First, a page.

My father was killed by an Islamic fundamentalist in Cairo, Egypt when he was just 47 years old.  It was October 1993, exactly eight months following the first World Trade Center bombing.  Terrorism was still a new word -- and a new concept -- to many Americans, and so my father’s death was featured prominently on the evening news and in the New York Times. For over 22 years, this has ...

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Maybe it’s just me, and maybe this is a regional/local phenomenon, but I have noticed a sharp increase in the number of non-physicians who sport their white coats on a daily basis around the hospital. First, let me preface this piece by saying I have absolutely nothing against any person who partakes in the care of patients; in fact, I commend all the helping hands that routinely dedicate themselves to health ...

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The practice of medicine has changed dramatically over the last couple of decades, with many of the changes unfortunately not so good for patients. It’s a well-known feeling among health care professionals, that among all the new elements of bureaucracy and information technology requirements and mandates, the one person who is often completely forgotten about is the patient. As someone who has worked up and down the east coast in ...

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ZDoggMD nails it again.  See what Doc Vader thinks about patient satisfaction.

Heart of summer. Early August. All of Holland is on holiday. We are sitting in the flesh-colored morning light, in his back room, stuffed away behind the nurses’ station. He is sick as hell and just 32. I am sitting next to his mother and his girlfriend. The intern and nurse are standing behind me, breathing carefully. He sits with his back to us, at his table. Visibly fighting for air. ...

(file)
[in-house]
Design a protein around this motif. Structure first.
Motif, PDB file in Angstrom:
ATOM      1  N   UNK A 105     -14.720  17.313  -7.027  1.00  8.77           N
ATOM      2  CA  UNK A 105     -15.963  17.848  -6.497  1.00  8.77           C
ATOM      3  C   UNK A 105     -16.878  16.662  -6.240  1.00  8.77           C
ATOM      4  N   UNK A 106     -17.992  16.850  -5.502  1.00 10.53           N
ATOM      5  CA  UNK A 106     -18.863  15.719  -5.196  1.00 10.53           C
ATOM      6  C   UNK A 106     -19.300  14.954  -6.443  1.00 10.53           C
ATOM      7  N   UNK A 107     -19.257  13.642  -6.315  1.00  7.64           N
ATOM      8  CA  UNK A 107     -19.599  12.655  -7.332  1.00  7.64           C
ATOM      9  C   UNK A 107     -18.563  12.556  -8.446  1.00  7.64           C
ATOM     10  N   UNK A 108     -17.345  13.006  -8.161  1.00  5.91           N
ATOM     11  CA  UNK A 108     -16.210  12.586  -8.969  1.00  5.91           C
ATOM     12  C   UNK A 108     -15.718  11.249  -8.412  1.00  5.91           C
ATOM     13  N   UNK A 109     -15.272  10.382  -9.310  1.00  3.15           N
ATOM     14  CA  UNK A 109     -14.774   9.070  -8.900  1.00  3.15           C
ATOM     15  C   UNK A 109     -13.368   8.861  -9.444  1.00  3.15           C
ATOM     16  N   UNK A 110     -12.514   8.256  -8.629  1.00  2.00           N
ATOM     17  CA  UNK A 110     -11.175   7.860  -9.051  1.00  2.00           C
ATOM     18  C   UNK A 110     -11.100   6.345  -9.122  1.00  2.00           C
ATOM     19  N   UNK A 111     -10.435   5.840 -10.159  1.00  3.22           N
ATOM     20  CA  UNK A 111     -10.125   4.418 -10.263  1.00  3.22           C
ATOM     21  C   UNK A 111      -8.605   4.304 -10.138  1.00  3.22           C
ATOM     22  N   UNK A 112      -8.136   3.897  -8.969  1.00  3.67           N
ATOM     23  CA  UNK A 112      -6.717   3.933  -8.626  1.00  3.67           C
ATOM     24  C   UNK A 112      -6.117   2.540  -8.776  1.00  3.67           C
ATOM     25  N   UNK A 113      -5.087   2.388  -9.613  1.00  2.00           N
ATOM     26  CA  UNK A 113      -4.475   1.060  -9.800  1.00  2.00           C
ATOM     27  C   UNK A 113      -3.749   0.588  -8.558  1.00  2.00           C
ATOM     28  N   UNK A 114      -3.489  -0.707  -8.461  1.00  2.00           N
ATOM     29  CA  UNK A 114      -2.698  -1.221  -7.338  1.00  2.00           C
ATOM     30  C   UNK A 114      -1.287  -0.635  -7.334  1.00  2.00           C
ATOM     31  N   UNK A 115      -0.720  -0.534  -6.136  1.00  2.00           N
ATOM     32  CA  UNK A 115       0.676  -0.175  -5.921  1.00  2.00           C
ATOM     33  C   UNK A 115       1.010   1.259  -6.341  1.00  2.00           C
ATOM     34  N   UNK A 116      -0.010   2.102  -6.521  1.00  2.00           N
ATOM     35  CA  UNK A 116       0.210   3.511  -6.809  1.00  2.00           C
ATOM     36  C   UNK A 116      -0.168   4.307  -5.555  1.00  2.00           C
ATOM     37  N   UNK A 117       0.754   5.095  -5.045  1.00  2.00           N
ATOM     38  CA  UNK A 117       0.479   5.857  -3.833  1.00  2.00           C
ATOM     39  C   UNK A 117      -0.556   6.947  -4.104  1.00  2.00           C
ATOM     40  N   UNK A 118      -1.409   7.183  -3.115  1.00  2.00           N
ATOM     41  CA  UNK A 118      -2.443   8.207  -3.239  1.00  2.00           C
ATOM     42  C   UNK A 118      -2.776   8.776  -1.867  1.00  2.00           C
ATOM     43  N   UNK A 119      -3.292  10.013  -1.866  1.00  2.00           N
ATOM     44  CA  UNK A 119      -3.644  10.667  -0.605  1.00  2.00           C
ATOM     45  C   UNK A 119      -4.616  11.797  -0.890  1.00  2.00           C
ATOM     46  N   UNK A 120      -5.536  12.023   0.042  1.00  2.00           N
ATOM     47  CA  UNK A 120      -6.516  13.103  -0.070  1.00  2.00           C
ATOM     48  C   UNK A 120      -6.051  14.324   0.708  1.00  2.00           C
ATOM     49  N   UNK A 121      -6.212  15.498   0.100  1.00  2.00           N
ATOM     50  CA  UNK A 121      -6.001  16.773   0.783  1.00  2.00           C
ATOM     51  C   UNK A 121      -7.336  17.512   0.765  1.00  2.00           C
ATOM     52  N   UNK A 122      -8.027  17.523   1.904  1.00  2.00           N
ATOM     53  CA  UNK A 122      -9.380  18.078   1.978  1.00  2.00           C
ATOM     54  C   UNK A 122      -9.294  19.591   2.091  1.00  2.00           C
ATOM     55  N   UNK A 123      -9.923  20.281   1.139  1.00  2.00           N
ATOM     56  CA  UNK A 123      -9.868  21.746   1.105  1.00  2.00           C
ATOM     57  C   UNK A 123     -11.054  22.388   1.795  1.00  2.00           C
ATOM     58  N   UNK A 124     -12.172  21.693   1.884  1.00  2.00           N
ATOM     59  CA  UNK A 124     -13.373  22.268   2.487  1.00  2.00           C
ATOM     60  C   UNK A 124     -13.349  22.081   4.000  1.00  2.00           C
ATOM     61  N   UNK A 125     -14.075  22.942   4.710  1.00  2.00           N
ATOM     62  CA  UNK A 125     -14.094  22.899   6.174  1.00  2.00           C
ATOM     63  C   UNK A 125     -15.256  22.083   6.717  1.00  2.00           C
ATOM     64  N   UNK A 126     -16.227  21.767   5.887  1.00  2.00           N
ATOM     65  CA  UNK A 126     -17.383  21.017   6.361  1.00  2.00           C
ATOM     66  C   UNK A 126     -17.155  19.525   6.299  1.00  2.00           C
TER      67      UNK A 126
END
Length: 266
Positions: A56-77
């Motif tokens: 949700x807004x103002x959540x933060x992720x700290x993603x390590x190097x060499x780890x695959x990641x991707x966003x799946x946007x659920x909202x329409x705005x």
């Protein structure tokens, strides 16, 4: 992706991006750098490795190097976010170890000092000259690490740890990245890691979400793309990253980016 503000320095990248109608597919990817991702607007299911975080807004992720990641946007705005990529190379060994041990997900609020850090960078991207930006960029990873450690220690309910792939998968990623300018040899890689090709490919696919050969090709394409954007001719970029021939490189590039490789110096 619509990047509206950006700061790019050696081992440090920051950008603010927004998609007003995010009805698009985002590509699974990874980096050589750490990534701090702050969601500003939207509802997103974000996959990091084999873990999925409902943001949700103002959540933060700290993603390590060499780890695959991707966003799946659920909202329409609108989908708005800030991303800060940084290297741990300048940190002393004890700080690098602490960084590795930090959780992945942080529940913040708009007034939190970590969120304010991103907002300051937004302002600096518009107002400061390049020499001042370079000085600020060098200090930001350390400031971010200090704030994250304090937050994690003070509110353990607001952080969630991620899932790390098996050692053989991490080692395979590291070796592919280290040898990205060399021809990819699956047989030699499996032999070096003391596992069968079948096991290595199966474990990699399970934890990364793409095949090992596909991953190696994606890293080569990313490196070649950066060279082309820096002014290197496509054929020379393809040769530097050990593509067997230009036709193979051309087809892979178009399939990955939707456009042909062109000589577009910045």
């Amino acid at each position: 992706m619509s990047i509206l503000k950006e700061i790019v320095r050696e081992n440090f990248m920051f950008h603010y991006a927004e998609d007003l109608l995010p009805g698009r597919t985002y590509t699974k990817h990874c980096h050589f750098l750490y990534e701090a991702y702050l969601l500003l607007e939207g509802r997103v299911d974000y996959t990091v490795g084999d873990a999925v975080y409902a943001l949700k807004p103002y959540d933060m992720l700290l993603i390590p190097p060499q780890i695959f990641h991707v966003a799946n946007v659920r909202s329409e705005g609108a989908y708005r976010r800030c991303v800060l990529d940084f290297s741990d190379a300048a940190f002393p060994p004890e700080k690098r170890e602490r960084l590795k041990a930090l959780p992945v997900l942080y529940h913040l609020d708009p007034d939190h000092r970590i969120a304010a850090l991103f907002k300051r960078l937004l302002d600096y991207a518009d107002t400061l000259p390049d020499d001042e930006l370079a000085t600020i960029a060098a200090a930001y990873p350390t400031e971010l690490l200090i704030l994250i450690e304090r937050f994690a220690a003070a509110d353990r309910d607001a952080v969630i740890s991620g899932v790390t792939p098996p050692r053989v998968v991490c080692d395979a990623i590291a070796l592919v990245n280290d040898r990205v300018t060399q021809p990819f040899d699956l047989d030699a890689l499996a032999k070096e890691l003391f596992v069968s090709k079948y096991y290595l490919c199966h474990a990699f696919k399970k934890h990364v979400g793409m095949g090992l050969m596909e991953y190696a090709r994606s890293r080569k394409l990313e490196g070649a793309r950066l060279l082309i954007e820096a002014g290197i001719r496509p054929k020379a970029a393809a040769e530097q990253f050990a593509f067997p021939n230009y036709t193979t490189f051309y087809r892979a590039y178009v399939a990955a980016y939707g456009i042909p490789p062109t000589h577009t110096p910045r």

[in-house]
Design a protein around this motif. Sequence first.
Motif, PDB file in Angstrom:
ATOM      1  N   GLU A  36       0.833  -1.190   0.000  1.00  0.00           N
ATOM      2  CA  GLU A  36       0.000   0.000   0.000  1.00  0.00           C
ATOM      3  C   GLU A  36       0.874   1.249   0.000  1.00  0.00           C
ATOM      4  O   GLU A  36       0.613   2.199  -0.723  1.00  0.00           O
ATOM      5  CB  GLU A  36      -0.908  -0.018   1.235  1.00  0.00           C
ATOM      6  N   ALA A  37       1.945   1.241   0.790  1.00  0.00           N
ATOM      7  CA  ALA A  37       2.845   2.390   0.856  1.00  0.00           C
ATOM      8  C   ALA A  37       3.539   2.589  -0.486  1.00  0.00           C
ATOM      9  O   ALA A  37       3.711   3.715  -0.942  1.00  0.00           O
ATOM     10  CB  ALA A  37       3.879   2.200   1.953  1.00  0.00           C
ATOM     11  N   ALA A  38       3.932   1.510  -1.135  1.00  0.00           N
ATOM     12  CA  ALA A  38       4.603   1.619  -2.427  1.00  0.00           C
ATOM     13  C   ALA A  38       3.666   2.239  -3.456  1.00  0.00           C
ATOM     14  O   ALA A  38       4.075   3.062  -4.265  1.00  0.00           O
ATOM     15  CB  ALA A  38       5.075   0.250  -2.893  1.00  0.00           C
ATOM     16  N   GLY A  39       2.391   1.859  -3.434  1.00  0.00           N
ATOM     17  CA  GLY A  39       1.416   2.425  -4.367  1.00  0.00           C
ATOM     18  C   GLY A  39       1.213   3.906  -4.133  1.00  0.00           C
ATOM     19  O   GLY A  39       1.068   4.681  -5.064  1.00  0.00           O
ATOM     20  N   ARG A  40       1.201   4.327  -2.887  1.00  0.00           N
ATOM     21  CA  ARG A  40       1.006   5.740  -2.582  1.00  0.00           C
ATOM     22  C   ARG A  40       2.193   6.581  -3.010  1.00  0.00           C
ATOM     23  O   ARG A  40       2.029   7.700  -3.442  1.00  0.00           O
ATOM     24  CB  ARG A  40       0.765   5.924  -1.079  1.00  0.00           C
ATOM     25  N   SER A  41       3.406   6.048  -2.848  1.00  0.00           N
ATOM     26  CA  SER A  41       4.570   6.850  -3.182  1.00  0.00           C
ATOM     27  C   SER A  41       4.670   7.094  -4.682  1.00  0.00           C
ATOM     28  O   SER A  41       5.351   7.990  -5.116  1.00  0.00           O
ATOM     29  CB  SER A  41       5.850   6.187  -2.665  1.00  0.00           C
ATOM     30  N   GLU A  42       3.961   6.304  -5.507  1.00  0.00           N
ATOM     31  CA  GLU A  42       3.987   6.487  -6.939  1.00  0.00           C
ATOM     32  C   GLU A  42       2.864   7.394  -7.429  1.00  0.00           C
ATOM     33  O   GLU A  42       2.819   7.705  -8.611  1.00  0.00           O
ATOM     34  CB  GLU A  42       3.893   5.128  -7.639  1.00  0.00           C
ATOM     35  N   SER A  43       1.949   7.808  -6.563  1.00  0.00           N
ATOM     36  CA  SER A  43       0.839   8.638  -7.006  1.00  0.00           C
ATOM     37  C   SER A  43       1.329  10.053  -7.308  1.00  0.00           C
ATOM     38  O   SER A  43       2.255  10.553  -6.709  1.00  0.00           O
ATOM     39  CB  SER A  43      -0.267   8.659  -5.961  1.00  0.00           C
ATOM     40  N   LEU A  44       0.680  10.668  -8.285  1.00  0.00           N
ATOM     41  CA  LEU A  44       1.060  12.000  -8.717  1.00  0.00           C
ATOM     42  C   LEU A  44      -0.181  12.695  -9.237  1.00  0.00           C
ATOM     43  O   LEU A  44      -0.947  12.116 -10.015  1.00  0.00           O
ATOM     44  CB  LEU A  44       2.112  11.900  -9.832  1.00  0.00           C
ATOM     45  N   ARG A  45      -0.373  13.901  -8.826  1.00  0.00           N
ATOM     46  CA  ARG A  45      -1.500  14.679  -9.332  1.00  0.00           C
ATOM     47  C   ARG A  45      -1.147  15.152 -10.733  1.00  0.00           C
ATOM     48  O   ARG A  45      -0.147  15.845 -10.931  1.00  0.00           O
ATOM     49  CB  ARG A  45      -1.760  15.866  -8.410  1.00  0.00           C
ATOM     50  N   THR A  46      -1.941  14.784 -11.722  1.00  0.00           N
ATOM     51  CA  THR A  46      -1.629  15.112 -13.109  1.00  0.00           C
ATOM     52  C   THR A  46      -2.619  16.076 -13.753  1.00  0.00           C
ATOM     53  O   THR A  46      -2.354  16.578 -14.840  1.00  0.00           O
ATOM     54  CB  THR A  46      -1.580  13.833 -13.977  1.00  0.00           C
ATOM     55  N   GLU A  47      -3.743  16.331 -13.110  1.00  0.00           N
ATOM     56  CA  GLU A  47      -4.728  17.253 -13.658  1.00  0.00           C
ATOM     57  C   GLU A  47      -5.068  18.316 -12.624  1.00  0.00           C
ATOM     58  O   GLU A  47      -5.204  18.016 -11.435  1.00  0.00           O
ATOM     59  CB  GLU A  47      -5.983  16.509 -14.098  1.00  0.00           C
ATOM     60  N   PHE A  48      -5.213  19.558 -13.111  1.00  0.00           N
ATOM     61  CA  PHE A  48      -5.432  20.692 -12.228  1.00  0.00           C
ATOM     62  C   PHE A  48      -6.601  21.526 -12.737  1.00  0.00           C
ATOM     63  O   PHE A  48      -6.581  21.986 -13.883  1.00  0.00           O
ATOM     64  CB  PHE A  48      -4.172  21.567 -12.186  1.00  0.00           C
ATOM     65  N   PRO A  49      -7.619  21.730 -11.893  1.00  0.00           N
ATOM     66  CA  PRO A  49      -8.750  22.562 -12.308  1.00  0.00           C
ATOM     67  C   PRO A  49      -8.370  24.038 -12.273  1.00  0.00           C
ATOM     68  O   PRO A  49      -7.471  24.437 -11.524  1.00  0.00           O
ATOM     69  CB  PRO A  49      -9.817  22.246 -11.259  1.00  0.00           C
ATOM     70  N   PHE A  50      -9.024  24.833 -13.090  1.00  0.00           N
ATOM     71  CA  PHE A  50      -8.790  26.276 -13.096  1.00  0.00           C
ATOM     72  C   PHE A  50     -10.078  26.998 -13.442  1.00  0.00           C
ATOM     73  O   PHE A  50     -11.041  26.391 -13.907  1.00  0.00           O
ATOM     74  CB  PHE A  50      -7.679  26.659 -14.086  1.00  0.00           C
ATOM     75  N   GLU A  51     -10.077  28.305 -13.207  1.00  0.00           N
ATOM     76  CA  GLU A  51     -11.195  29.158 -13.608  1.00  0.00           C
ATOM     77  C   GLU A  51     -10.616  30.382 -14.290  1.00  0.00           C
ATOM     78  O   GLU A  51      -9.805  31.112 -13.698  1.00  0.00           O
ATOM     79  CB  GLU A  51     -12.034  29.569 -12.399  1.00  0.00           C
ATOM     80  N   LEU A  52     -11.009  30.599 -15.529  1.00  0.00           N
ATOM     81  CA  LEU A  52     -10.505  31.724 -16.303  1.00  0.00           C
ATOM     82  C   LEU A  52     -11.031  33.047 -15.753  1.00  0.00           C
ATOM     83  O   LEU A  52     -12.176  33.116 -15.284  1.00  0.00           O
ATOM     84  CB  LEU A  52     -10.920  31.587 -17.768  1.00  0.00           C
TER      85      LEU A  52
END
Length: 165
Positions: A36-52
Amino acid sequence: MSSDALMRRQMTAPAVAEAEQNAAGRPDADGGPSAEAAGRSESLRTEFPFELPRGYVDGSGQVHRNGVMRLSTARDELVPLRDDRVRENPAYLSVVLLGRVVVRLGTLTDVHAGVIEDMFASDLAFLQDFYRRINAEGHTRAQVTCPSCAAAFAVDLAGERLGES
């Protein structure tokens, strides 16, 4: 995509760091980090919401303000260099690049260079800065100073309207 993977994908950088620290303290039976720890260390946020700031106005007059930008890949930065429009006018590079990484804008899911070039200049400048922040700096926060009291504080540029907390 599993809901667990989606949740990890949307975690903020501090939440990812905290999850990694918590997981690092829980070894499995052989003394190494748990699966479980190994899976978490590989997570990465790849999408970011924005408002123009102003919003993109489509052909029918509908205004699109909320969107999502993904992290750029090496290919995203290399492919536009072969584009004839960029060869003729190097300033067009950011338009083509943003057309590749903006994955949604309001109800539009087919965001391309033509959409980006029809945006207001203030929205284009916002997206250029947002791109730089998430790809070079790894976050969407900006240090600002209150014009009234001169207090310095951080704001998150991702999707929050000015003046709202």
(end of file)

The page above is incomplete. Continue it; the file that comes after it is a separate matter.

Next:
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Despite the opinions expressed in column, "Here’s why you can’t believe 'top hospitals' lists," Harlem Hospital richly deserved the 2015 Top Hospital distinction it earned from our nonprofit, The Leapfrog Group. Our Top Hospitals committee sets the bar high, selecting only hospitals that perform at or above the level we would want for ourselves and our families. We used data from the annual Leapfrog Hospital Survey, calculating which ...

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Medicine has a fraught relationship with money. Dealing as they do with matters of life and death, doctors are loath to assign a dollar value to human life, preferring to avoid the subject altogether and instead provide the care that they deem appropriate no matter the cost. Insurance companies, on the other hand, make their business in rationing health dollars and have no such qualms: the consensus among them is ...

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Yesterday I caught myself doing something I had told myself I would never do, especially not in residency. I heard the medical student present the patient as a, “35-year-old male with a past medical history of poly substance abuse, noncompliance, and multiple stints in rehab,” and I caught myself rolling my eyes and writing drug seeker in my notes on the patient. This was not my last day practicing medicine ...

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I took a fantastic emergency medicine (EM) job when I finished residency.  There was no question in my mind that it was the best job within a hundred mile radius, maybe more.  When I first started, my expectations were met.  My group held a contract to staff a busy but well-staffed suburban emergency department, and had held that contract for almost 20 years when I signed.  The hospital was independent, ...

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I learned that the 148-year-old community hospital that I did my residency at will be closing, and I am angry. Who am I angry at? Myself. Oh, and you. I’m angry at us because we as a country have turned our backs on one another. And in the end, your relationship with your own doctor is in jeopardy. Pawtucket, Rhode Island, home of Memorial Hospital, used to be a prosperous mill ...

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